Rethinking Migrants’ Skills and Labour Immigration Policies
The MPC Webinar Series
Picking up where we left off ….
The health emergency requires us to cease, at least for now, our usual ways in the Migration Policy Centre of communicating and sharing ideas that often require physical proximity. We can’t meet in seminar rooms, but we can meet virtually and aim instead for social proximity. That’s why we have created the MPC webinar series. The series will be a forum for debate and discussion about migration and mobility that also pays close attention to the implications of the Covid-19 outbreak for migration and mobility but also seeks to think beyond the crisis. It will do so by drawing from the existing evidence base while also thinking through future implications. The webinars will be accessible, open to all and interactive so that we can continue to share ideas and experiences and think about both current and future challenges that will shape migration and mobility.
From ‘low-skilled’ migrants to ‘key workers’: Rethinking migrants’ skills and labour immigration policies
A key question in labour immigration policy is how to select migrant workers for admission. Most high-income countries distinguish between low – and higher-skilled migrants: high-skilled migrants typically face fewer admission requirements and are given greater rights in the labour market and welfare state than low-skilled migrants. This distinction stems from the common assessment that higher-skilled migrants are more ‘beneficial’ and ‘valuable’ to the domestic economy and society of the host country. The current health emergency caused by the Coronavirus, and the associated socio-economic crises, have suddenly and rapidly challenged and disrupted some of these common assumptions and distinctions. Since the start of the health emergency a few weeks ago, many ‘low-skilled’ migrants have become ‘key workers’ in their host countries, now considered necessary and highly valued for their contribution to maintaining core state functions and public services such as health care, social care, public transport, food supply chains etc. These developments raise important new questions about how we conceptualise and measure skills as well as how different types of migrants and other workers are valued in the labour market and policy-making. The Webinar will discuss these new questions and provide reflections on the consequences for theory and research as well as public debates and policy-making.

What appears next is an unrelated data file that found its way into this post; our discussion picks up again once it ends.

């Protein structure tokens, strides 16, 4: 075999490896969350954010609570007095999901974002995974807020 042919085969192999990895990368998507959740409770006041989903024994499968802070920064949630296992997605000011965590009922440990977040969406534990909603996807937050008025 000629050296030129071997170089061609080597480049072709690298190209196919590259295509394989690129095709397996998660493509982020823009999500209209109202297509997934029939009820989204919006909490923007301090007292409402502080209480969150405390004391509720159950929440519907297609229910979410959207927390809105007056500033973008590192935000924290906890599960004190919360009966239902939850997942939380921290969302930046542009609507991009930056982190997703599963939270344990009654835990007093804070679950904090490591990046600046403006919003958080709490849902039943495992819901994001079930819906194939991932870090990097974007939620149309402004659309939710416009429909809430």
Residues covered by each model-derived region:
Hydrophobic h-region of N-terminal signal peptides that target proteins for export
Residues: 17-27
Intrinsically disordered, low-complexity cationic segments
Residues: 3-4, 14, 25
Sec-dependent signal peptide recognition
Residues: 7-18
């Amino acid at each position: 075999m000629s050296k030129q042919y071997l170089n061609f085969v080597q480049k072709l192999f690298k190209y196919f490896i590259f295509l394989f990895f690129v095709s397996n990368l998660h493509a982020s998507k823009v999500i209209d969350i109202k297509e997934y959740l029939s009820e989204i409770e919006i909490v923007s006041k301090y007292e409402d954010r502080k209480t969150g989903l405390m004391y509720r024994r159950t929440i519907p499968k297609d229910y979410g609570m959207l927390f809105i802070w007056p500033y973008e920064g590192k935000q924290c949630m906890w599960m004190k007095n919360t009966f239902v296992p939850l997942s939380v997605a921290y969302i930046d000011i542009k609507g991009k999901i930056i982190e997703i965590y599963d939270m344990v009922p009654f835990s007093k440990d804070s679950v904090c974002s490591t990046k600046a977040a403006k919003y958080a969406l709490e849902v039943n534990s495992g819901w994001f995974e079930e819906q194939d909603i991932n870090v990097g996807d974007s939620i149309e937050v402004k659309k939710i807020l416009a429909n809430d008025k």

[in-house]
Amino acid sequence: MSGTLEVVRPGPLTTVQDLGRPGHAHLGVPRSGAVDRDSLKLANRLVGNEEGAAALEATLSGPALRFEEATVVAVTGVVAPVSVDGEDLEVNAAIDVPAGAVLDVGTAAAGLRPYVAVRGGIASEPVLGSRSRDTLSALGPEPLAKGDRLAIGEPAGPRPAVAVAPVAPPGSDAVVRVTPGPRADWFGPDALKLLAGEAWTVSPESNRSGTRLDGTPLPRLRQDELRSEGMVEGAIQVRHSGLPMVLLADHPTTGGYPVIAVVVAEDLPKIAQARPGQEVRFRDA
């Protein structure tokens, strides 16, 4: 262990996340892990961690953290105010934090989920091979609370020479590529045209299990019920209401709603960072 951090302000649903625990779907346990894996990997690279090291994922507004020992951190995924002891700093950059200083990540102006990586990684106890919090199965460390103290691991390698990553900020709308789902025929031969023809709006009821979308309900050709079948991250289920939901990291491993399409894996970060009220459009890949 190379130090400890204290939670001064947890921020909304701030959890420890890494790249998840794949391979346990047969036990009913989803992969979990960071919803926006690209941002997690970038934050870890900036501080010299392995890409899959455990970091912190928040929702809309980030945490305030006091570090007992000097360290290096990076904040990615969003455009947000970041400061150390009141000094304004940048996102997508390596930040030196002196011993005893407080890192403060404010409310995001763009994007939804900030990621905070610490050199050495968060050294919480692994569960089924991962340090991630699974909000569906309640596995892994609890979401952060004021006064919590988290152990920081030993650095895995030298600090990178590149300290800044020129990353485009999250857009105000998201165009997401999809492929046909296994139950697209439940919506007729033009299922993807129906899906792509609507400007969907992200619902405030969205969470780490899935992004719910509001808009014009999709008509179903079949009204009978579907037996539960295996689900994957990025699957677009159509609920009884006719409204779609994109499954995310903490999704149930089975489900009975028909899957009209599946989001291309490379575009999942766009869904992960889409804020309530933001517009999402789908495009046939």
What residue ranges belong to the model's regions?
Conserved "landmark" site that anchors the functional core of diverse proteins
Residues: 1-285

Chair: Professor Andrew Geddes (RSCAS, EUI)
Presenters: Professor Bridget Anderson, University of Bristol
Professor Martin Ruhs (RSCAS, EUI) Dr Friedrich Poeschel (RSCAS, EUI)
Followed by Q&A